Anthony Dreaver Johnston collected the dirt and pebbles from the Regina Indian Industrial School cemetery to honour his ancestors who never came back. (Photo credit: Submitted)

Topics: Justice | Indigenous

His ancestors never came back from residential school, so he went to visit them

Anthony Dreaver Johnston drove four hours to honour family members he had never met


EDITOR’S NOTE: This story is from our archives and first appeared in Broadview’s November 2016 issue with the title “A place to visit and remember ancestors.”

When Anthony Dreaver Johnston first learned that he might have relatives buried in the Regina Indian Industrial School (RIIS) cemetery, the 60-year-old visited the graves of his deceased parents and grandparents on the Mistawasis First Nation in Saskatchewan where he lives. He told them that he was going to visit ancestors, a four-hour drive south to Regina.

Dreaver Johnston had seen a document, produced by a group of cemetery researchers, which listed the names of children who might be interred at the site. (He now sits on the board of the RIIS Commemorative Association, the group that supplied the list.) Among them was a girl from Mistawasis with the last name Dreaver. Although her first name is unknown, Dreaver Johnston believes she was his maternal great-aunt, Catherine.

Catherine Dreaver arrived at the school in 1899 along with three of her brothers, one of whom was Dreaver Johnston’s grandfather. He recalls hearing a family story about his great-aunt.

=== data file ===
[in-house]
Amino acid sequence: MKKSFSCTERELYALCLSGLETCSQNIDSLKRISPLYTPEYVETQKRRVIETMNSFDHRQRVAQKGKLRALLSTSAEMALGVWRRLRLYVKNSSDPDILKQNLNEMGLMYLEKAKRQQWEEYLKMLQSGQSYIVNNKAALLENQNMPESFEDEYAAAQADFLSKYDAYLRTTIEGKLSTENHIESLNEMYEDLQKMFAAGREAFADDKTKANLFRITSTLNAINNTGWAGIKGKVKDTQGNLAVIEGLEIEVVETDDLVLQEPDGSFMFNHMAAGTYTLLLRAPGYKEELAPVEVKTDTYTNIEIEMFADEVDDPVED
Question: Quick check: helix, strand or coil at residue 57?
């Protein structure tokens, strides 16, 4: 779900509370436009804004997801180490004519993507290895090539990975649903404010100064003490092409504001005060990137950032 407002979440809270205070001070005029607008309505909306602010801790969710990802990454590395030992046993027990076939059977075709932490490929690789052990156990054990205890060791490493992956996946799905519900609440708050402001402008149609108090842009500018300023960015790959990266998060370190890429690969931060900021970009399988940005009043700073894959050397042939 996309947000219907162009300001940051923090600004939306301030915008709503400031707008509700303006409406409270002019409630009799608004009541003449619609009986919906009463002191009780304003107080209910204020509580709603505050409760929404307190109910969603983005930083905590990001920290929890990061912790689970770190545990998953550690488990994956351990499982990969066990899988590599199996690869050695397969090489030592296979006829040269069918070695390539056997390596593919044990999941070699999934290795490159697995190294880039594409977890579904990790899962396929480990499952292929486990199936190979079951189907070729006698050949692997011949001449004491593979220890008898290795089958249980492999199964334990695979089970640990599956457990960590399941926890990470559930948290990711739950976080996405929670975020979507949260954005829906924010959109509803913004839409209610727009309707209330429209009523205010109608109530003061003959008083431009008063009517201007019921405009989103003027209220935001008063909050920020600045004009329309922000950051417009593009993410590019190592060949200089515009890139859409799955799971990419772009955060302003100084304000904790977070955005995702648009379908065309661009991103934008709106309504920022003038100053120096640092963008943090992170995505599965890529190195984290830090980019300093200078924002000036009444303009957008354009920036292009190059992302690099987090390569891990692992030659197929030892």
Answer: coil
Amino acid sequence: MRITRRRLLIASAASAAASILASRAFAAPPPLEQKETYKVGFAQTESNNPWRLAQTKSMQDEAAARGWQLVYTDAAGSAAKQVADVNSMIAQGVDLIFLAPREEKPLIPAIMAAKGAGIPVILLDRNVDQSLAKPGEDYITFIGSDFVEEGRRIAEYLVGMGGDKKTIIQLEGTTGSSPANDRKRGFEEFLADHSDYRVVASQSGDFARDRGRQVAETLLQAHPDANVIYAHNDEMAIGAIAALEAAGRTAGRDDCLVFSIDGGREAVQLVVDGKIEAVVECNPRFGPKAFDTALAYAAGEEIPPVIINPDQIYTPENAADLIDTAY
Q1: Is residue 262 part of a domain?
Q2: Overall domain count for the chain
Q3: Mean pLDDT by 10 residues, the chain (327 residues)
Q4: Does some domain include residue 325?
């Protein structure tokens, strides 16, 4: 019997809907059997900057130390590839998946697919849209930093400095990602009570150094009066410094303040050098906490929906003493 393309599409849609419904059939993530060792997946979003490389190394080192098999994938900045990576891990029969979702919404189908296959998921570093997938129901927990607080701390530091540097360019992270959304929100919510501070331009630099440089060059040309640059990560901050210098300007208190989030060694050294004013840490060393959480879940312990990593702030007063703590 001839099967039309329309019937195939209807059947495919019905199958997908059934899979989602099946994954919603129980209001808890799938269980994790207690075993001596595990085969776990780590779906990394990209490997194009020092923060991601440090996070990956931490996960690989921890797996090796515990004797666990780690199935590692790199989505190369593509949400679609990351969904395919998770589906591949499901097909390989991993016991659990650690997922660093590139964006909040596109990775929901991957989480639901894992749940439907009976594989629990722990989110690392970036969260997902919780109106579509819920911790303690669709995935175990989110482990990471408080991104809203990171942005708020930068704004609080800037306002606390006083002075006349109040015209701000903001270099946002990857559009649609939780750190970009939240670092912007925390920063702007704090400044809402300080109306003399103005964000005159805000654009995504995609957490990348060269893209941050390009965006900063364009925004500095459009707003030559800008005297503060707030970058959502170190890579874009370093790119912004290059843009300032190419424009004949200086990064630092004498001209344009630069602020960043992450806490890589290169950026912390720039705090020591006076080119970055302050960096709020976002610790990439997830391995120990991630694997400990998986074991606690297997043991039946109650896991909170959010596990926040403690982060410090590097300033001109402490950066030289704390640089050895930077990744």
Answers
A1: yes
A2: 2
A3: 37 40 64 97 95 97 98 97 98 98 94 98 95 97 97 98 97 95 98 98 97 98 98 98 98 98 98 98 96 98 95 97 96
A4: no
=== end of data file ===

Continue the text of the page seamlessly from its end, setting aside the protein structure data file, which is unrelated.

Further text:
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“The brothers returned home from school one year and their parents asked, ‘Where is your sister?’  They said they did not know and thought she had returned home before them. Their father likely spoke with the community’s government official or Presbyterian minister who contacted the school. The response was simply, ‘She died a couple months ago.’”

Dreaver Johnston believes his paternal great-uncle, James Johnston, is also buried in the cemetery. James arrived at RIIS in 1893 when he was 10 years old. Not much else is known about him, except that he never returned home and died sometime before the end of 1897.

It’s unlikely that his deceased body was transported home to Mistawasis First Nation, because the reserve is more than 400 kilometres away — a long distance to travel in a horse-drawn carriage.

Although he grieves for his relatives who didn’t make it home, Dreaver Johnston is also grateful for the opportunity to honour their memory.

While at the Mistawasis cemetery, he filled a small jar with dirt and later scattered it on the RIIS cemetery. He has also gathered dirt from the RIIS cemetery and plans to scatter it on the Mistawasis cemetery.

“What I am doing,” says Dreaver Johnston, “is simply my personal ceremonies to connect my ancestors to home.”

Dreaver Johnston has also been gathering pebbles from Mistawasis and plans to build tiny stone markers at the RIIS cemetery for his great-aunt and uncle.

“I now have another place to visit and remember ancestors,” he says. “I now know their names. I know my grandparents are smiling, knowing that I visit the resting place of their sister and brother.”

Evie Ruddy (they/them) is a freelance journalist living on Treaty 4 lands.

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